Platform Lifecycle Support using Set-Based Concurrent Engineering
Doktorsavhandling, 2014

Product development companies strive to provide their customers with high quality products, more quickly than their competitors, using as few resources as possible. One way of managing all three aspects at the same time is to reuse old, quality assured designs and knowledge in new products. A common way to do that is to create a platform with designs that are reusable in many different products. Traditionally, research on platforms has focused on finding ways to provide manufacturing with a low number of parts to be able to increase utilization of expensive production equipment. However, reuse of parts does not benefit all businesses, especially those where customer requirements continuously change. To cut development lead-time, other types of reuse are necessary. The use of platforms based on core technologies and re-configurable systems as platform elements may provide the necessary support. They enable reuse on a more abstract level, reusing technologies, requirements and concepts rather than ready designed parts. This thesis elaborates on support for working with the type of platforms that are integrated across the lifecycle of a product. The studies in this thesis show that platform approaches in literature today do not cover the need to support holistic platform development across all stages of a lifecycle. As a solution, configurable system elements are used to model platforms and the links between the lifecycles. The development processes and models may be further infused with set-based concurrent engineering to provide a framework for efficient development. These principles are integrated into the models and the processes to enhance the ability to manage the complex relationships within and between parts of the platform throughout the lifecycle. Further, development platforms may be supported by a Product Lifecycle Management (PLM) architecture for engineering-to-order configuration, but it can also serve as a tool to learn about the knowledge gaps that need to be filled to get a product that meets requirements.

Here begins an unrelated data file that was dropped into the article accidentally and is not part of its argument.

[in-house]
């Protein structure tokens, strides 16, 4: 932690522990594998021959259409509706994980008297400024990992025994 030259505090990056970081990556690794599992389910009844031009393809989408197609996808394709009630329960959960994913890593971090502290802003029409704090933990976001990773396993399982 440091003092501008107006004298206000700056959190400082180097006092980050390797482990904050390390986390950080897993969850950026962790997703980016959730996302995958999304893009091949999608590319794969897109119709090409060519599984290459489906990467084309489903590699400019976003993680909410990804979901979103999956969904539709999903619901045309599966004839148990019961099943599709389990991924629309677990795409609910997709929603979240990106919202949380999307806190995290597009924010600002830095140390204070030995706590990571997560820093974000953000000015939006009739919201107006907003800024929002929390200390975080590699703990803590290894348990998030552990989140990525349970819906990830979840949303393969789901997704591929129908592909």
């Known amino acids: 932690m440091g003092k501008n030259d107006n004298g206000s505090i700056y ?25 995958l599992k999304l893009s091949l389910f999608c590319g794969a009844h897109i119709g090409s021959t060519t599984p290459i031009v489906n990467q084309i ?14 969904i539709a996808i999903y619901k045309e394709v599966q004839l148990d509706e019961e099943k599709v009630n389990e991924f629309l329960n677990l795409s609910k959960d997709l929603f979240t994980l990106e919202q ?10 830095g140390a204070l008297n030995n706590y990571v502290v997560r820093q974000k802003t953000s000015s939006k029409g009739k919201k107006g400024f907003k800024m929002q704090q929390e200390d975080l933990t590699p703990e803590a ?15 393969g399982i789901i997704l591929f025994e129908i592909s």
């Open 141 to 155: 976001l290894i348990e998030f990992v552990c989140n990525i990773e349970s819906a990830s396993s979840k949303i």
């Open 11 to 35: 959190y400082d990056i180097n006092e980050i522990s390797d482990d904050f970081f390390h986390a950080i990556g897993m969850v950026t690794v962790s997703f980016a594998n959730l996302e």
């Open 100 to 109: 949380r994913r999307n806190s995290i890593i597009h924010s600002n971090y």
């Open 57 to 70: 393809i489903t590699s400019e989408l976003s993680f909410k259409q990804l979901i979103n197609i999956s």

platform-based development

configurable components

product lifecycle management

set-based concurrent engineering

product development

Virtual Development Laboratory
Opponent: Professor John Clarkson

Författare

Christoffer E Levandowski

Chalmers, Produkt- och produktionsutveckling, Produktutveckling

Set-Based Development Using an Integrated Product and Manufacturing System Platform

Concurrent Engineering Research and Applications,; Vol. 22(2014)p. 234-252

Artikel i vetenskaplig tidskrift

Using PLM and Trade-Off Curves to Support Set-Based Convergence of Product Platforms

19th International Conference on Engineering Design – ICED 2013,; (2013)

Paper i proceeding

Set-Based Concurrent Engineering for Early Phases in Platform Development

The 21st ISPE International Conference on Concurrent Engineering - CE2014,; (2014)

Paper i proceeding

PLM Architecture for Optimization of Geometrical Interfaces in a Product Platform

Proceedings of the ASME 2011; International Design Engineering Technical Conferences & Computers and Information in Engineering Conference (Volume 2: 31st Computers and Information in Engineering Conference, Parts A and B ),; (2012)p. 1237-1244

Paper i proceeding

Set-Based Concurrent Engineering for Preserving Design Bandwidth in Product and Manufacturing System Platforms

ASME 2013 International Mechanical Engineering Congress and Exposition, IMECE 2013; San Diego, CA; United States; 15 November 2013 through 21 November 2013,; Vol. 12(2014)p. Paper No. 63624-

Paper i proceeding